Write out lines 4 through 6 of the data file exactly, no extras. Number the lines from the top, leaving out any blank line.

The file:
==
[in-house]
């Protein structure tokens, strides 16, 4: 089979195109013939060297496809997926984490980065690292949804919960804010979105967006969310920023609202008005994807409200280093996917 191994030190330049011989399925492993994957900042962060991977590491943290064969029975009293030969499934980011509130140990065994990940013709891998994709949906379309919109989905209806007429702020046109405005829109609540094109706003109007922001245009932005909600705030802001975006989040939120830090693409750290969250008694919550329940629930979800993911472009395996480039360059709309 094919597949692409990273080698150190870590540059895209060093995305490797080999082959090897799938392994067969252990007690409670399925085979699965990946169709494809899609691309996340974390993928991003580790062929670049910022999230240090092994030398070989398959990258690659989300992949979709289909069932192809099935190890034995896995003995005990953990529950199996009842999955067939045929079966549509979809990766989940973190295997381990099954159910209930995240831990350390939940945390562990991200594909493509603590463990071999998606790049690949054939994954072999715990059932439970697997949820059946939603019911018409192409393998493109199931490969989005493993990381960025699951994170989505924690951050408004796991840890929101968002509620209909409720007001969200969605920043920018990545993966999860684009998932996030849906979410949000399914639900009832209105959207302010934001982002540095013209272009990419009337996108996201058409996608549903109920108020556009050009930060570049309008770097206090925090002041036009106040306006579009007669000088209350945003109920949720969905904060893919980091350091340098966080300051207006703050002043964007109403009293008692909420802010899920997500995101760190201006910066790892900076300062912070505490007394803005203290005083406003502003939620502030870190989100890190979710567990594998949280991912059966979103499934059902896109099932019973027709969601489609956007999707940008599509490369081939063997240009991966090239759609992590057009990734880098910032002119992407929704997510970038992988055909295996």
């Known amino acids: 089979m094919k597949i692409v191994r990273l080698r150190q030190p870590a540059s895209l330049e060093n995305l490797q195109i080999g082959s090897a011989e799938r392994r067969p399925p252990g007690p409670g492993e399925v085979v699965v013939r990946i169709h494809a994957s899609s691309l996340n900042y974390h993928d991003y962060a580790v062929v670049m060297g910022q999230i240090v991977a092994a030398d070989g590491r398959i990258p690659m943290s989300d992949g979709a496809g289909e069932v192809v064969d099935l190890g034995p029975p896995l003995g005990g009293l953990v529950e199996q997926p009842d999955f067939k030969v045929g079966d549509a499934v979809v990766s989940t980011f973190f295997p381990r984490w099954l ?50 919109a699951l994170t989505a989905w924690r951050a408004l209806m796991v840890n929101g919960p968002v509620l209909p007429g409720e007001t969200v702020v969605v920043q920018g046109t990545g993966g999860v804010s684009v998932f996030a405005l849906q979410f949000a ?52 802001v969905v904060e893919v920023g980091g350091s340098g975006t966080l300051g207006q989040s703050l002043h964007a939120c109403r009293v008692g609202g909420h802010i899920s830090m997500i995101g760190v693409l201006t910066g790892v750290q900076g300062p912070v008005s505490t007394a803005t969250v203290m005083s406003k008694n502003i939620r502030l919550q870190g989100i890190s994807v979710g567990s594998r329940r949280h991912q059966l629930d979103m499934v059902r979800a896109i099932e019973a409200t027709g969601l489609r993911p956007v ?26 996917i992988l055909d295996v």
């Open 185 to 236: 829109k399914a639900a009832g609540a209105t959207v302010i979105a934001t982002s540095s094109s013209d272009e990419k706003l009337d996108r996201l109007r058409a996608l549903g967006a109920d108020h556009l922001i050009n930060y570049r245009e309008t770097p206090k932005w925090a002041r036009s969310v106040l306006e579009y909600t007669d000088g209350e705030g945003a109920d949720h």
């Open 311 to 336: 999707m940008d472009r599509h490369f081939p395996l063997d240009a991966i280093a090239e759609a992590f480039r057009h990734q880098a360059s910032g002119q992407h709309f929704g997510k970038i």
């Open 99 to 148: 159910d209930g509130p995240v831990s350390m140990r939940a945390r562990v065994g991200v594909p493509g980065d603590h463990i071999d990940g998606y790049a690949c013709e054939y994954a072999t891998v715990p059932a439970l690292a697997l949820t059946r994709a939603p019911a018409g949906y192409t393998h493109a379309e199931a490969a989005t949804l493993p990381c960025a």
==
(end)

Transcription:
């Open 185 to 236: 829109k399914a639900a009832g609540a209105t959207v302010i979105a934001t982002s540095s094109s013209d272009e990419k706003l009337d996108r996201l109007r058409a996608l549903g967006a109920d108020h556009l922001i050009n930060y570049r245009e309008t770097p206090k932005w925090a002041r036009s969310v106040l306006e579009y909600t007669d000088g209350e705030g945003a109920d949720h």
């Open 311 to 336: 999707m940008d472009r599509h490369f081939p395996l063997d240009a991966i280093a090239e759609a992590f480039r057009h990734q880098a360059s910032g002119q992407h709309f929704g997510k970038i």
């Open 99 to 148: 159910d209930g509130p995240v831990s350390m140990r939940a945390r562990v065994g991200v594909p493509g980065d603590h463990i071999d990940g998606y790049a690949c013709e054939y994954a072999t891998v715990p059932a439970l690292a697997l949820t059946r994709a939603p019911a018409g949906y192409t393998h493109a379309e199931a490969a989005t949804l493993p990381c960025a």